Workplace Relations Minister Tony Burke will urge state ministers to bring forward a decision on whether to ban the domestic use of engineered stone as pressure mounts from federal Labor MPs, unions and health experts to stem the tide of workers contracting deadly silicosis.
At a meeting of state and territory workplace safety ministers on Tuesday, Burke will recommend all governments consider banning the manufactured stone slabs used for kitchen benchtops, while the Commonwealth explores blocking its importation.
“If a children’s toy was harming or killing kids, we’d take it off the shelves. How many thousands of workers have to die before we do something about silica products?” Burke said ahead of the meeting.
“We can’t keep delaying this. It’s time we considered a ban. I’m not willing to wait around the way people did with asbestos.”
A licensing scheme for businesses dealing with engineered stone is not among recommendations to be put to the meeting by Safe Work Australia, even though the body raised it with the industry as an option last year. The advisory body has recommended better regulation of silica dust across all industries and a new awareness program.
The former national dust diseases taskforce recommended a ban on engineered stone be considered by July 2024 if measurable improvements to safety had not been made in the industry, but Burke’s proposal would bring that forward by 17 months.
The details of any ban, such as prohibiting high-content crystalline silica products, are yet to be decided. If a majority of ministers agree with Burke, Safe Work will be given six months to come up with a solution before drafting suggested new rules by the end of the year.
Each state and territory enacts its own laws when it comes to workplace health and safety.
The proposal follows a joint investigation by The Sydney Morning Herald, The Age and that revealed workers exposed to silica dust were battling the debilitating symptoms of the lung disease silicosis while state-based regulators failed to effectively police workplaces.
A Curtin University study, commissioned by the ACTU, estimates there are more than 275,000 workers, including miners, contractors, construction workers, stone masons and tunnellers exposed to high levels of crystalline silica, which is carcinogenic. The study predicts up to 103,000 workers will be diagnosed with silicosis.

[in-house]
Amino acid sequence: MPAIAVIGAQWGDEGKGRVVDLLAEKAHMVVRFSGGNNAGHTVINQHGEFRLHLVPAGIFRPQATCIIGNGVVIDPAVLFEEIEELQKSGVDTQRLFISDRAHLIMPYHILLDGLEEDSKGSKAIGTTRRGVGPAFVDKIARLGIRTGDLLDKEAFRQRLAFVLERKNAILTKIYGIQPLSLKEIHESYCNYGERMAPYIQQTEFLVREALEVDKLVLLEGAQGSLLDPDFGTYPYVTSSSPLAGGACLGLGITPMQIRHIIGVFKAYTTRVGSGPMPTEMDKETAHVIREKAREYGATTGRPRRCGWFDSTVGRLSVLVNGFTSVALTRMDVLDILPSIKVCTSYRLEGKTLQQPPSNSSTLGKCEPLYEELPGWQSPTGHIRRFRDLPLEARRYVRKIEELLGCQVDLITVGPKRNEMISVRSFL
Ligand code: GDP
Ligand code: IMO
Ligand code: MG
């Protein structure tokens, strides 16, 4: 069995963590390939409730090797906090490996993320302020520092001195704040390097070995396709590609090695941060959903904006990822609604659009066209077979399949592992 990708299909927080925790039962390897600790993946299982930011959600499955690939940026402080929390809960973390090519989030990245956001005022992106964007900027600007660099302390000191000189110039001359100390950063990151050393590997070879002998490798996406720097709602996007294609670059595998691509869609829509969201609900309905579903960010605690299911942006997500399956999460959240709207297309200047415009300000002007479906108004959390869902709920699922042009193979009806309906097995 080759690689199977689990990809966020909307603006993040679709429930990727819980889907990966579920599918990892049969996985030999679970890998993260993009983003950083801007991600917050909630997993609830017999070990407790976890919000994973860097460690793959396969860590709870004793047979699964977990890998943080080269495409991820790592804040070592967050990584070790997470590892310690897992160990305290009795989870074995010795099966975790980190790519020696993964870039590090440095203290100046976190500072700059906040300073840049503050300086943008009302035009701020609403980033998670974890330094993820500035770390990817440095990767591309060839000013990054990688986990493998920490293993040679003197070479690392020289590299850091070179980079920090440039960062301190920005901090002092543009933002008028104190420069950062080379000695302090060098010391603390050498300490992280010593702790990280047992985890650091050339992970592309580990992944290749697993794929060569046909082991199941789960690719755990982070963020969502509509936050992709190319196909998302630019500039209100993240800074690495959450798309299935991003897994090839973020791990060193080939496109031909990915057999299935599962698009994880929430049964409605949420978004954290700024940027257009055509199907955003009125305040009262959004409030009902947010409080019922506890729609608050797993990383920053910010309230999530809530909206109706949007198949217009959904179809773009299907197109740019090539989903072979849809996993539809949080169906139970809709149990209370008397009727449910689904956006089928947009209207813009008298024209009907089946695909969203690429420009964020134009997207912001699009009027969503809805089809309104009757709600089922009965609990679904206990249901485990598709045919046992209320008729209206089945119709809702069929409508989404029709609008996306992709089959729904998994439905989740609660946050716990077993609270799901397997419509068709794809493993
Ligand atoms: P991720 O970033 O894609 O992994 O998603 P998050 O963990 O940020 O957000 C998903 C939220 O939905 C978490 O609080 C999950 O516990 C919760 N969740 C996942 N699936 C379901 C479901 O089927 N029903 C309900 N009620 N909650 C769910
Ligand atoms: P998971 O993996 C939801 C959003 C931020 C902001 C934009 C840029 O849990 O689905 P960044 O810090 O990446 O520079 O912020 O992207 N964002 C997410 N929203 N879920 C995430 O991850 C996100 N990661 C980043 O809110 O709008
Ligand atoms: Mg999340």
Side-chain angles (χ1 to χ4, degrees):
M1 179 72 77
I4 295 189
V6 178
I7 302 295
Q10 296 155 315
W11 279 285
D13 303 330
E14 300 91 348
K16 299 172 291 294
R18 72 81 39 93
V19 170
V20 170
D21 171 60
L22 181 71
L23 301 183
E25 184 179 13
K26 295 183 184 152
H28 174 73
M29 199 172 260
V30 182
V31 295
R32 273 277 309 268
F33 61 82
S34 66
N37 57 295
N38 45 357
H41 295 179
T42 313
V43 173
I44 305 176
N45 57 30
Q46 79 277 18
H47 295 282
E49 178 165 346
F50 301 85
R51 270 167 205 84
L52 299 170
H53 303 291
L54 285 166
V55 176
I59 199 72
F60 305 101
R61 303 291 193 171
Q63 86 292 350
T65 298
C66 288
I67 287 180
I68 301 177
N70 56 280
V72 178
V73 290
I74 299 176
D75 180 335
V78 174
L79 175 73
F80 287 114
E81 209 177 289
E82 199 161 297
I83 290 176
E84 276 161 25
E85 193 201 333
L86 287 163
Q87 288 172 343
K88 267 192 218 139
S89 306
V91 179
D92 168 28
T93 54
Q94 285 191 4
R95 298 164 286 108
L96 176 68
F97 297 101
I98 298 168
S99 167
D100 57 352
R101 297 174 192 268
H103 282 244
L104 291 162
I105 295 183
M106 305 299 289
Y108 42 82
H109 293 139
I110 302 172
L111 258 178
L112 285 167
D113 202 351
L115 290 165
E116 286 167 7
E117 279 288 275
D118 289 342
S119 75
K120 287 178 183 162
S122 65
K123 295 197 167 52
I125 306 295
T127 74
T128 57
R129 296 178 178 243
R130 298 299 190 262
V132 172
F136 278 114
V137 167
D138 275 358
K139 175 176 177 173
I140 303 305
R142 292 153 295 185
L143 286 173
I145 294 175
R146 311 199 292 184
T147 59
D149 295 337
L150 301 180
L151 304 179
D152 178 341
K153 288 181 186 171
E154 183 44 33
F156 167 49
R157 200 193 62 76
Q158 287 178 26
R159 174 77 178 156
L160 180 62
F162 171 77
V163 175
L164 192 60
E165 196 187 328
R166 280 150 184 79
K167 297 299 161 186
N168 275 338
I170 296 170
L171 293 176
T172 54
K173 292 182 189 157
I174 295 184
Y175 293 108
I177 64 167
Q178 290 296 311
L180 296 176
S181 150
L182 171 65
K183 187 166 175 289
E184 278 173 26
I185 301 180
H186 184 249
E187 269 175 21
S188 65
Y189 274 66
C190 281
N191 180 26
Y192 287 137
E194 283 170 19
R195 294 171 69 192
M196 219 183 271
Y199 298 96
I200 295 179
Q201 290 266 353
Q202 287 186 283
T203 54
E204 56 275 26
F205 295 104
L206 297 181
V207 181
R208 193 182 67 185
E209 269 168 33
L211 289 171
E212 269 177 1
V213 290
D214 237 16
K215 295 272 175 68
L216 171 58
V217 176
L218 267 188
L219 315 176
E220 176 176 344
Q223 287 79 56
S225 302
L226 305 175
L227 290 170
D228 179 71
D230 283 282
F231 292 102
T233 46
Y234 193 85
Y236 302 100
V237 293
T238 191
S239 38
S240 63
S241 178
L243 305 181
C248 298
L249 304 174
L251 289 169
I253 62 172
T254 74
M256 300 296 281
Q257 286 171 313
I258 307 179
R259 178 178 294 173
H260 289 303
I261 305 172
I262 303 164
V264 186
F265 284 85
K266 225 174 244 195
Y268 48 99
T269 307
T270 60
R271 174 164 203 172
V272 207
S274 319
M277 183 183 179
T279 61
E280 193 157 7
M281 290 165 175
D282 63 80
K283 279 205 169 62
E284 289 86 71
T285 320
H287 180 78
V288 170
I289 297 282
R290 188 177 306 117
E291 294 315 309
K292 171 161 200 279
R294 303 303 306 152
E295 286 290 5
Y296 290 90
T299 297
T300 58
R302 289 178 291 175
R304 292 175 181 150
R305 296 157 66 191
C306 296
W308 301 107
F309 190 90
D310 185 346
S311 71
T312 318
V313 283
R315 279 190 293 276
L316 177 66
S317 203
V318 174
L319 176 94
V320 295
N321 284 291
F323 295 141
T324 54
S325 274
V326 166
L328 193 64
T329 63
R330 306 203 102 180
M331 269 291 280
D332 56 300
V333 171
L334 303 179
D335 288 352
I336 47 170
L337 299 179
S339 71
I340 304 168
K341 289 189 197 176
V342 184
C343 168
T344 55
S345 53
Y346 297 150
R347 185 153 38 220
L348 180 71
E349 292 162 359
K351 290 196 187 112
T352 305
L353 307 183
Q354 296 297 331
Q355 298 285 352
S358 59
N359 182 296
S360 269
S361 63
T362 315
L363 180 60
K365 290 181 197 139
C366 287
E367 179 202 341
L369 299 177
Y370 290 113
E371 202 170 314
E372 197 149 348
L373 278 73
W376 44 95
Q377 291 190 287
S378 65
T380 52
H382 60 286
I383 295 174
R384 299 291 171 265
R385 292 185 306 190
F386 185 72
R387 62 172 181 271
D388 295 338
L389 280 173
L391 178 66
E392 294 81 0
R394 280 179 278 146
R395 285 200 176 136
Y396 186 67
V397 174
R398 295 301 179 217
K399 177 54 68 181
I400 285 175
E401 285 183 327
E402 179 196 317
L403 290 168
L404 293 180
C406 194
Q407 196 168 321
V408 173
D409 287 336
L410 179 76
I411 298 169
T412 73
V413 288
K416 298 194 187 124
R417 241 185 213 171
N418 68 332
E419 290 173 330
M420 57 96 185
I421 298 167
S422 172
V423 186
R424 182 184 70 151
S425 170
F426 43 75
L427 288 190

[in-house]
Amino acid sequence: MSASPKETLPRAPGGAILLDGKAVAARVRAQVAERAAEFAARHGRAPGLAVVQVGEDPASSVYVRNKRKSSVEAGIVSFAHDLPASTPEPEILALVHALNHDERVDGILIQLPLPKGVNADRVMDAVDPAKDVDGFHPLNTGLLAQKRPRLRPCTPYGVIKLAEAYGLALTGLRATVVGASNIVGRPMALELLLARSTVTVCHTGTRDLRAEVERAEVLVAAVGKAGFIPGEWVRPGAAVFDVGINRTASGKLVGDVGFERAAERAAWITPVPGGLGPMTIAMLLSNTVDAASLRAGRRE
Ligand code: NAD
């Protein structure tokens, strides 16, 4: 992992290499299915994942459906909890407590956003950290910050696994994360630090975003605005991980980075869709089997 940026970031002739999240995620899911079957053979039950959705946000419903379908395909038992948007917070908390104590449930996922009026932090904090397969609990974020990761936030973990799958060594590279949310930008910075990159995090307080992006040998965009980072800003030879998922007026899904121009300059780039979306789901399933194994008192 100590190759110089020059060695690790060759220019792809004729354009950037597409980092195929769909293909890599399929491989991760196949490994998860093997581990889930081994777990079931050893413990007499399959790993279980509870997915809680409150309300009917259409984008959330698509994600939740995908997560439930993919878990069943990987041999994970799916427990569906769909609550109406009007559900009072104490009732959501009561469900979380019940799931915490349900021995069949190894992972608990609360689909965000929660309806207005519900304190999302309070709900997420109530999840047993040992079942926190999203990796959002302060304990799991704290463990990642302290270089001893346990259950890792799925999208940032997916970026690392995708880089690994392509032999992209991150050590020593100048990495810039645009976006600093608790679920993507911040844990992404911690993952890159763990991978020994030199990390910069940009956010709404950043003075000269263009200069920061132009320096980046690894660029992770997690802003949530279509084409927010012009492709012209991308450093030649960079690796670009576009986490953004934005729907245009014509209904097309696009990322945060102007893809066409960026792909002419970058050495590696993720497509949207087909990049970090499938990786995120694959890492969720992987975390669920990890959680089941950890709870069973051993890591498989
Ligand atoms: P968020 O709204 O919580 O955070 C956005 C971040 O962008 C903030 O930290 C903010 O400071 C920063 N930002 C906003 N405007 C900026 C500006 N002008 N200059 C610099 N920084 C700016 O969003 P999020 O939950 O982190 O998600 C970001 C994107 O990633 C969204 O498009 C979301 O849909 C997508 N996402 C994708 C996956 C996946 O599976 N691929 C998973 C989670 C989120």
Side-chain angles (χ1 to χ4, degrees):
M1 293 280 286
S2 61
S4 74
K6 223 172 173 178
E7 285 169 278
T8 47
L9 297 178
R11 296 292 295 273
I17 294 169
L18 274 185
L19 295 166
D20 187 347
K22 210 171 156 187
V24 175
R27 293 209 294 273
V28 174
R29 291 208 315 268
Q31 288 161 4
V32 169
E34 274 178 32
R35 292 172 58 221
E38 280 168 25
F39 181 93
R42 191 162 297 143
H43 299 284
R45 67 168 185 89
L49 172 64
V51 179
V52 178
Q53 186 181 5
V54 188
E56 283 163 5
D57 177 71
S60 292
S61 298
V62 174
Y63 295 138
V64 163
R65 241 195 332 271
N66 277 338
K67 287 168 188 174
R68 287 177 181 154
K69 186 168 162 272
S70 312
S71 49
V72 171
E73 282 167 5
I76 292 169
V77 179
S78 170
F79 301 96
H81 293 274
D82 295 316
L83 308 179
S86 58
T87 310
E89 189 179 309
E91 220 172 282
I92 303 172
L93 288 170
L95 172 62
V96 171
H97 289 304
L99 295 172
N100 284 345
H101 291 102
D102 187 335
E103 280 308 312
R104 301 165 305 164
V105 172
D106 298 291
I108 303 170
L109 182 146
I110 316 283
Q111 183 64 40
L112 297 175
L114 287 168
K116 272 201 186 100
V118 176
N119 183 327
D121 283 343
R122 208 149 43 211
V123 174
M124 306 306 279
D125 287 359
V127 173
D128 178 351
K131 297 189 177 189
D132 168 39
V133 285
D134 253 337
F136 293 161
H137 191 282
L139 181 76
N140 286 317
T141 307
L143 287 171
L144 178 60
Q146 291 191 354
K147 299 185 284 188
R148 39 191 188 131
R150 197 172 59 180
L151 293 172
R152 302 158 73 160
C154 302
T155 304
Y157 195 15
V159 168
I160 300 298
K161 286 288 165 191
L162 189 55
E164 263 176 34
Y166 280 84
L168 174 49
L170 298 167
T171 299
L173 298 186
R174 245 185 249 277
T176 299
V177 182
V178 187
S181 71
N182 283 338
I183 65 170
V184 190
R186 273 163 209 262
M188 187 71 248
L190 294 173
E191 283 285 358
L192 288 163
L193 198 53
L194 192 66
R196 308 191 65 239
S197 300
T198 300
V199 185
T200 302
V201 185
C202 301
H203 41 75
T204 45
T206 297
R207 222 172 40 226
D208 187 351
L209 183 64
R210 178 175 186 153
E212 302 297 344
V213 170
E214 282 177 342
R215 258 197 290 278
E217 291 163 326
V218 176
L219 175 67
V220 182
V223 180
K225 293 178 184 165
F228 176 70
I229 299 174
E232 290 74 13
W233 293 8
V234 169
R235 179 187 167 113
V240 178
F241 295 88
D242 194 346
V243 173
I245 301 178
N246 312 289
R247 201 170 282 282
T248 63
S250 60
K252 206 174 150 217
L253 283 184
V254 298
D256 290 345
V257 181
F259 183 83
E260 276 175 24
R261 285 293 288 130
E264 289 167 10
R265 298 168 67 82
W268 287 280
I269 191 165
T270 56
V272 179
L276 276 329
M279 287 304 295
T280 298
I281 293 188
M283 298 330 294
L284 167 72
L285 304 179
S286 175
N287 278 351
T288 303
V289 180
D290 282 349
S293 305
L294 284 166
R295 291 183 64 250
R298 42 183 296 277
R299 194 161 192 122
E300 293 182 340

The ACTU has called for an immediate ban on engineered stone, echoing calls from medical organisations, while major Spanish manufacturer Cosentino has called for a prohibition on products with more than 40 per cent crystalline silica.
Queensland Industrial Relations Minister Grace Grace has been the only state or territory minister to publicly call for a ban on engineered stone imports in the lead-up to Tuesday’s meeting, however, several federal Labor MPs and senators, including three doctors, are pushing for its prohibition.
Victorian MP Dr Michelle Ananda-Rajah, who last year broke down in parliament while speaking about the effects of silicosis on workers, backed a ban and called on consumers to think about the risks to workers.
“I think consumers are concerned about the provenance of their products. Sustainability is important, [and] we don’t like buying products that are made by children, so why would we want to buy a product that was killing young Australians?” Ananda-Rajah said.
She also described the lack of safety awareness among tradesmen as an indictment on operators and questioned whether rules regarding the stone slabs’ industrial use could be effectively enforced.
“It’s essentially a terminal diagnosis, like cancer, and it’s cutting people down in the prime of their lives,” she said.
Western Sydney Labor MP Dr Mike Freelander called for an immediate ban on engineered stone pending an investigation into its safe use.
“Either conditions are made to make it safe or, if not the case, then we should move to alternative products,” he said.
Labor senators Tony Sheldon and Jana Stewart said they wanted the dangerous product immediately banned, while Assistant Minister for Health and Aged Care, Ged Kearney, said she strongly urged the meeting of ministers to consider a ban.
The member for Robertson on NSW’s Central Coast, Dr Gordon Reid, said he saw patients with lungs scarred from silica dust lying in bed, breathless.
“It looks like they’ve run a marathon lying down,” he said, also supporting a ban.
Caesarstone, the dominant supplier of manufactured stone benchtops in Australia, took out full-page advertisements in national newspapers arguing against a total ban on engineered stone, saying tunnelling and construction involving natural stone would also need to be banned to solve the silicosis issue.
Stone benchtop suppliers and fabricators are calling for national regulation to deal with industry “cowboys” but argue a ban on using engineered stone will affect thousands of businesses and will not deal with contamination from other sources such as natural stone, concrete or cement.
Construction industry lobby Master Builders Australia is consulting its members on an ultimatum put by the construction union that it would ban its members from using engineered stone by 2024 unless a nationwide ban was imposed.
MBA head Denita Wawn said the organisation wanted to ensure workplaces were free from high-risk silica hazards “and that any regulatory changes are effective and doing what they are designed to do”, calling for extensive consultation on the outcomes of the meeting.
“It’s important that there is a clear and consistent approach. There are lots of questions that could arise and it’s important that we know clearly exactly what the scope will be,” Wawn said.
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